Thursday, May 23, 2019

The Hole In The Ground Stars Out With Promise Before Fizzling Out In A Ho-Hum Finale


Sarah (Seana Kerslake) and her young son Chris (James Quinn Markey), like so many horror movie protagonists before them, have decided they need a break from city life and move out into the countryside. Some more down-home living will do them both good Sarah figures. They've barely unpacked their bags before some strange events begin to occur in their new home. First, while looking for her son in the nearby woods, Sarah stumbles onto a gigantic hole in the ground. Then, after she finds Chris near that aforementioned hole in the ground, her son begins to exhibit strange pieces of behavior that are the total opposite of his normal personality. An old woman in her neighborhood once claimed that her son was replaced with an evil doppelganger and was dismissed as a loon. Could she have been onto something? Could that same scenario have befallen Sarah and Chris?

This Irish horror film, directed by Lee Cronin, is the newest in a long line of horror movies centered on disturbed little kids, a trend that's gotten quite a bit of use in 2019 between The Hole in the Ground, The Prodigy or this weekends BrightBurn. Lee Cronin's take on this material attempts to stand out by filtering the story through a recurring lens of ambiguity tied into Sarah's mental health issues. Sarah's taking some sort of medication tied to her own anxiety and she wonders throughout the movie if her perception of Chris as being evil is being skewed by her own psychology. Has Chris really been replaced by an evil double or is this really a product of Sarah's mind?

Taking the story in this direction is a creative decision, no two ways about it, and other parts of the story tied into the more intimate parts of Sarah's life are similarly successful. Early scenes showing the realistically complex dynamic between Sarah and Chris are particularly well-executed. Like any child during a big move, Chris is struggling to adjust to a new home and that means him and Sarah are on strained terms that see them going from being best buddies to getting into arguments at the drop of a hat. The interactions between these two characters feel evocative of actual parent/child interactions during a particularly stressful period of life.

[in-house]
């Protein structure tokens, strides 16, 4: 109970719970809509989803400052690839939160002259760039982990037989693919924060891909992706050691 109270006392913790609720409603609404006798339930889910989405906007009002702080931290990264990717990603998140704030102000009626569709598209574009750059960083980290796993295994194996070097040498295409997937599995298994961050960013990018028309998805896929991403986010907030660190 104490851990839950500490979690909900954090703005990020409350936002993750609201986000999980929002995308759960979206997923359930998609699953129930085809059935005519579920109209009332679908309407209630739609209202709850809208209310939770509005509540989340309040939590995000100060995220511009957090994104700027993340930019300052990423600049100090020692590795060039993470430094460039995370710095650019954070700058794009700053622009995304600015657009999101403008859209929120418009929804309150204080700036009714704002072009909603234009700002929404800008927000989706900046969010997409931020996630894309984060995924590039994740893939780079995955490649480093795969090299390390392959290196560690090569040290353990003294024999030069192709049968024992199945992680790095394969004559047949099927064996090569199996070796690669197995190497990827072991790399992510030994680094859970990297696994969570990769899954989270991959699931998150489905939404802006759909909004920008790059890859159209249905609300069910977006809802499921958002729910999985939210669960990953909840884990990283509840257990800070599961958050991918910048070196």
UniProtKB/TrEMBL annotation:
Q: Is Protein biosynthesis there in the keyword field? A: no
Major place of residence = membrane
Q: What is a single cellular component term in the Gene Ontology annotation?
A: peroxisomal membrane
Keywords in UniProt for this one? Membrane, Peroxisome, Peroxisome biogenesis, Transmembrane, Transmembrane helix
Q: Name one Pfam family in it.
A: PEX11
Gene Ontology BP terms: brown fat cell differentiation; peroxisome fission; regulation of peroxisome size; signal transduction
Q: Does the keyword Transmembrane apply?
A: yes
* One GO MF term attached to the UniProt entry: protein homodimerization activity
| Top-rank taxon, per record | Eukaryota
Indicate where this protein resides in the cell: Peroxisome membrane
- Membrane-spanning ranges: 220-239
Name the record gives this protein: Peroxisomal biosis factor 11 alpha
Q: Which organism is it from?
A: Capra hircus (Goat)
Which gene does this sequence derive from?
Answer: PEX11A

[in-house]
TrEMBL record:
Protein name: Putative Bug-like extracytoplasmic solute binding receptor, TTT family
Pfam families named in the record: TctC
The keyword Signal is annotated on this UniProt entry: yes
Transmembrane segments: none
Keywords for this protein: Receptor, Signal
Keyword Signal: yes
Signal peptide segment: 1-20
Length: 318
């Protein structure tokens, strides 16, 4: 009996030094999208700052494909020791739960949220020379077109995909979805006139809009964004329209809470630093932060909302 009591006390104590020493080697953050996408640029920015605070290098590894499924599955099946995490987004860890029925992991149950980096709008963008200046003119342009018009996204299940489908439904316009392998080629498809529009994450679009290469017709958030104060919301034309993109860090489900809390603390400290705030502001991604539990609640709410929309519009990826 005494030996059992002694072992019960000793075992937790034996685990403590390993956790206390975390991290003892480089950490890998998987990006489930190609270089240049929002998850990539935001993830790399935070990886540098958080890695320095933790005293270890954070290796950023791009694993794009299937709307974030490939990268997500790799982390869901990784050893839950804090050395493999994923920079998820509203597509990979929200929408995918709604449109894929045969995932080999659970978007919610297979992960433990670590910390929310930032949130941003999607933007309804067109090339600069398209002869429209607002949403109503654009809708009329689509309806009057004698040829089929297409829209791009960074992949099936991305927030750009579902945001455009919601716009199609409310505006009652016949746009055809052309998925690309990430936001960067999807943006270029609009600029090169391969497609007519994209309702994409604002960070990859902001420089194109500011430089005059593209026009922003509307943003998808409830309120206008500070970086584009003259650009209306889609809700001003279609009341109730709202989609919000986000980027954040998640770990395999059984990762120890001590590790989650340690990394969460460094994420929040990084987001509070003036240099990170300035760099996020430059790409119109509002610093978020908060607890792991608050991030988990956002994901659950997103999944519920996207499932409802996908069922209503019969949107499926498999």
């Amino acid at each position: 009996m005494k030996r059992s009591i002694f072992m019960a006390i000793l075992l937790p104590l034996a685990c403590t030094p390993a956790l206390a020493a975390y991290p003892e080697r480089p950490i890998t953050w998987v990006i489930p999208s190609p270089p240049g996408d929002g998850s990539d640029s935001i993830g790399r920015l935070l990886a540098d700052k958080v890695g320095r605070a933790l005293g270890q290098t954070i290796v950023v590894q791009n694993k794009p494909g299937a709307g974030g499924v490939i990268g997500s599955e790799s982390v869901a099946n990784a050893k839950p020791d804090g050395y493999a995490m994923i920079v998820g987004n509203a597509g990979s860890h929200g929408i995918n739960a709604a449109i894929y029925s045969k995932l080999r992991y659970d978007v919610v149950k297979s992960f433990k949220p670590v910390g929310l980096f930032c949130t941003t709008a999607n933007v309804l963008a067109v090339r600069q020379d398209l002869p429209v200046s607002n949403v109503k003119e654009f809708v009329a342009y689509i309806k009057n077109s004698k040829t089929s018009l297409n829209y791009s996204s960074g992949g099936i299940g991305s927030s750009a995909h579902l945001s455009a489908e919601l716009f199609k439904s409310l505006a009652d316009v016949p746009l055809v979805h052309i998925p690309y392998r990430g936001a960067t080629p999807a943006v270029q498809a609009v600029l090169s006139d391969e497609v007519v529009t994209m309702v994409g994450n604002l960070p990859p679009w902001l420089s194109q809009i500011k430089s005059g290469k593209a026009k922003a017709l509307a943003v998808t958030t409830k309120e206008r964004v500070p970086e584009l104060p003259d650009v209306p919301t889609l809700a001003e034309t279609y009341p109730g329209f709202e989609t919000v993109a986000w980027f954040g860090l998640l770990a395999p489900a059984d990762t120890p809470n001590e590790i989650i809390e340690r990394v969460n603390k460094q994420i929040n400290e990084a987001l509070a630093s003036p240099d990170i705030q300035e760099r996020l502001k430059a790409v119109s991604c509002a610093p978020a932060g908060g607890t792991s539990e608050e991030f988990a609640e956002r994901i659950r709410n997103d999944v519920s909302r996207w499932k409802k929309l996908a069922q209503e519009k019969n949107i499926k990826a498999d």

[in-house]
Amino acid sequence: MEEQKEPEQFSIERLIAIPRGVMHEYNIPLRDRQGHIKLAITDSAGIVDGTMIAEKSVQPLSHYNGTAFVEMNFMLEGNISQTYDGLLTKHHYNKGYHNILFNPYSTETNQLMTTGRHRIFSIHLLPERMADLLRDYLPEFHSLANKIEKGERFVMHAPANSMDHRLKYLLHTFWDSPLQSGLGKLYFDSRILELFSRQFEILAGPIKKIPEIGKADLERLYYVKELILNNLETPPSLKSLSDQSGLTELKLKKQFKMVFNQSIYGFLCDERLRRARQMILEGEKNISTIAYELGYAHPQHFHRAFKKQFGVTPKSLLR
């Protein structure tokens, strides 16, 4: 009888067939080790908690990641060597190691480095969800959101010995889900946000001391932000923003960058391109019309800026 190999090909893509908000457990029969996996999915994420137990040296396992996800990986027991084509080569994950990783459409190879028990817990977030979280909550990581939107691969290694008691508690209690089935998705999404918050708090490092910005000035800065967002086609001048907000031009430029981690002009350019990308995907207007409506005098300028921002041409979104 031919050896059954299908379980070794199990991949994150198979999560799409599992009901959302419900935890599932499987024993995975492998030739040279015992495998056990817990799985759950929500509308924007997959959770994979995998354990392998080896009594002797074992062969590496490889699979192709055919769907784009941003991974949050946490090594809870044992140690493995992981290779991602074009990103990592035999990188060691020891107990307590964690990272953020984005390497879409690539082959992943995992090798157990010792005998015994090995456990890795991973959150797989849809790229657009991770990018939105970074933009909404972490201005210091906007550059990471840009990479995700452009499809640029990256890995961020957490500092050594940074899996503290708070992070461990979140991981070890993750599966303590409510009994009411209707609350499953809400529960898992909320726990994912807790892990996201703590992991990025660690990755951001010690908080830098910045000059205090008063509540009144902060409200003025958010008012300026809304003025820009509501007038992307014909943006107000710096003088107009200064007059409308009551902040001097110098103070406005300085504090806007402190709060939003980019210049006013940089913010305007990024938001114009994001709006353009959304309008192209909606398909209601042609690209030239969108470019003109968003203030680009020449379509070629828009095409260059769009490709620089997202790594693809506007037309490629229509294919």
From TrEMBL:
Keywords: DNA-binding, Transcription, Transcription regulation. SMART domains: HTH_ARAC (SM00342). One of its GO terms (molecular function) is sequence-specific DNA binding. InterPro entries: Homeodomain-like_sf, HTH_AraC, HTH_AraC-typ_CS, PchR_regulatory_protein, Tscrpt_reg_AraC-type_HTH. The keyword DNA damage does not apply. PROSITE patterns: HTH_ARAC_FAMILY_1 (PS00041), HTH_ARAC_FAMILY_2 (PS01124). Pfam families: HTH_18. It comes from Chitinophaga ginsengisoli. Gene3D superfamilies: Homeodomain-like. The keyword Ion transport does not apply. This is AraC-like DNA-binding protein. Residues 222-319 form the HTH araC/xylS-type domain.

But perhaps the best aspect of Lee Cronin and Stephen Shields' screenplay is how it makes a clever twist on what defines an evil horror movie child. Chris is shown to be acting out and sullen in the initial sequences of The Hole in the Ground, so the way Sarah knows something is up with her kid is when he starts socializing heavily with other kids his age or by being ultra-polite to his mother. It's a subtly played but cleverly done subversion of expectations given that the default way horror movies usually signify that a child is evil is by through grotesque or violent behavior. Here, Sarah's alarm bells get triggered by how her son is now acting like a little angel. As the realistically messy opening scenes show, that's certainly not her boy...but is it an indication that he's been replaced by an evil twin?

That is where the ambiguity rears its head again and The Hole in the Ground gets some of its best moments in creating chills in this manner. Unfortunately, the home stretch of the story ends up taking a more concrete approach as to whether or not Chris is who he says he is and this is where The Hole in the Ground takes a dip in quality. Being flat-out open with the fact that Sarah has an evil Chris look-alike in her midst isn't as scary as taking a more ambiguous approach to the same topic. The more low-budget nature of the proceedings also gets unfortunately reinforced in this section of the story, including in a shot meant to demonstrate the strength of this version of Chris that ends up eliciting unintentional laughter rather than terror.

Following that shot comes a ho-hum climax where Sarah must save Chris from a band of underground beings that look like more real versions of The Pale Man from Pan's Labyrinth. Kudos to the script for knowing that it's better that such creatures carry an air of mystery to them rather than devote screentime to explaining what they specifically are or their motivations but it still comes off as an underwhelming crescendo to the story. This final portion of The Hole in the Ground is especially disappointing since little of it ties directly into Sarah's personal troubles that previously informed the features ambiguity. The best character-centric parts of The Hole in the Ground end up just fizzling out in the grand scheme of things but those best parts do help make this a better than average entry in the long-running evil kid horror movie subgenre.

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